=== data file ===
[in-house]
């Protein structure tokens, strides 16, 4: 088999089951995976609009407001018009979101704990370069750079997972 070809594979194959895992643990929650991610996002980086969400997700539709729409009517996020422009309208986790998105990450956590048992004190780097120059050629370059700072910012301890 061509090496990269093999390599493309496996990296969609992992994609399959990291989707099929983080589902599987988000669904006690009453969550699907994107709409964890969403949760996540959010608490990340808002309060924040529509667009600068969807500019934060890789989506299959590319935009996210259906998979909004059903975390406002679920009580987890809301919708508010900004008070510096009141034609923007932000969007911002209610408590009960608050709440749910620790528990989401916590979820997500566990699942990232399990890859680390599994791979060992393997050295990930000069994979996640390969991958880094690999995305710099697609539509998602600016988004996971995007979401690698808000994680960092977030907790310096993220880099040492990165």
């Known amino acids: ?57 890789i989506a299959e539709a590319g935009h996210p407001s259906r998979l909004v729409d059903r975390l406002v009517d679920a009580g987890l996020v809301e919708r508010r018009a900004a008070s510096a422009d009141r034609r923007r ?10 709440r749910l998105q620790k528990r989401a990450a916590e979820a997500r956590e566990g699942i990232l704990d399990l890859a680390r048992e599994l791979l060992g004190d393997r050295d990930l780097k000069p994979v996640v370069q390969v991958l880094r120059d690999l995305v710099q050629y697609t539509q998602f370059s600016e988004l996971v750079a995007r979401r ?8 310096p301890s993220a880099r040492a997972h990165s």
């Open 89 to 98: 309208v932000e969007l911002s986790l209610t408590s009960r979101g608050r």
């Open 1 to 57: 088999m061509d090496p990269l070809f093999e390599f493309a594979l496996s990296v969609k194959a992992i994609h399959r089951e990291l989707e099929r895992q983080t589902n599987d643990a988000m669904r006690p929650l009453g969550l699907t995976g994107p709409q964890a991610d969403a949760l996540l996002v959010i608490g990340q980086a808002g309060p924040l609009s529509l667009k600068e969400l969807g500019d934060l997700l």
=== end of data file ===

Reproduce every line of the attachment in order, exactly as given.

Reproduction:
[in-house]
């Protein structure tokens, strides 16, 4: 088999089951995976609009407001018009979101704990370069750079997972 070809594979194959895992643990929650991610996002980086969400997700539709729409009517996020422009309208986790998105990450956590048992004190780097120059050629370059700072910012301890 061509090496990269093999390599493309496996990296969609992992994609399959990291989707099929983080589902599987988000669904006690009453969550699907994107709409964890969403949760996540959010608490990340808002309060924040529509667009600068969807500019934060890789989506299959590319935009996210259906998979909004059903975390406002679920009580987890809301919708508010900004008070510096009141034609923007932000969007911002209610408590009960608050709440749910620790528990989401916590979820997500566990699942990232399990890859680390599994791979060992393997050295990930000069994979996640390969991958880094690999995305710099697609539509998602600016988004996971995007979401690698808000994680960092977030907790310096993220880099040492990165």
């Known amino acids: ?57 890789i989506a299959e539709a590319g935009h996210p407001s259906r998979l909004v729409d059903r975390l406002v009517d679920a009580g987890l996020v809301e919708r508010r018009a900004a008070s510096a422009d009141r034609r923007r ?10 709440r749910l998105q620790k528990r989401a990450a916590e979820a997500r956590e566990g699942i990232l704990d399990l890859a680390r048992e599994l791979l060992g004190d393997r050295d990930l780097k000069p994979v996640v370069q390969v991958l880094r120059d690999l995305v710099q050629y697609t539509q998602f370059s600016e988004l996971v750079a995007r979401r ?8 310096p301890s993220a880099r040492a997972h990165s």
């Open 89 to 98: 309208v932000e969007l911002s986790l209610t408590s009960r979101g608050r």
């Open 1 to 57: 088999m061509d090496p990269l070809f093999e390599f493309a594979l496996s990296v969609k194959a992992i994609h399959r089951e990291l989707e099929r895992q983080t589902n599987d643990a988000m669904r006690p929650l009453g969550l699907t995976g994107p709409q964890a991610d969403a949760l996540l996002v959010i608490g990340q980086a808002g309060p924040l609009s529509l667009k600068e969400l969807g500019d934060l997700l």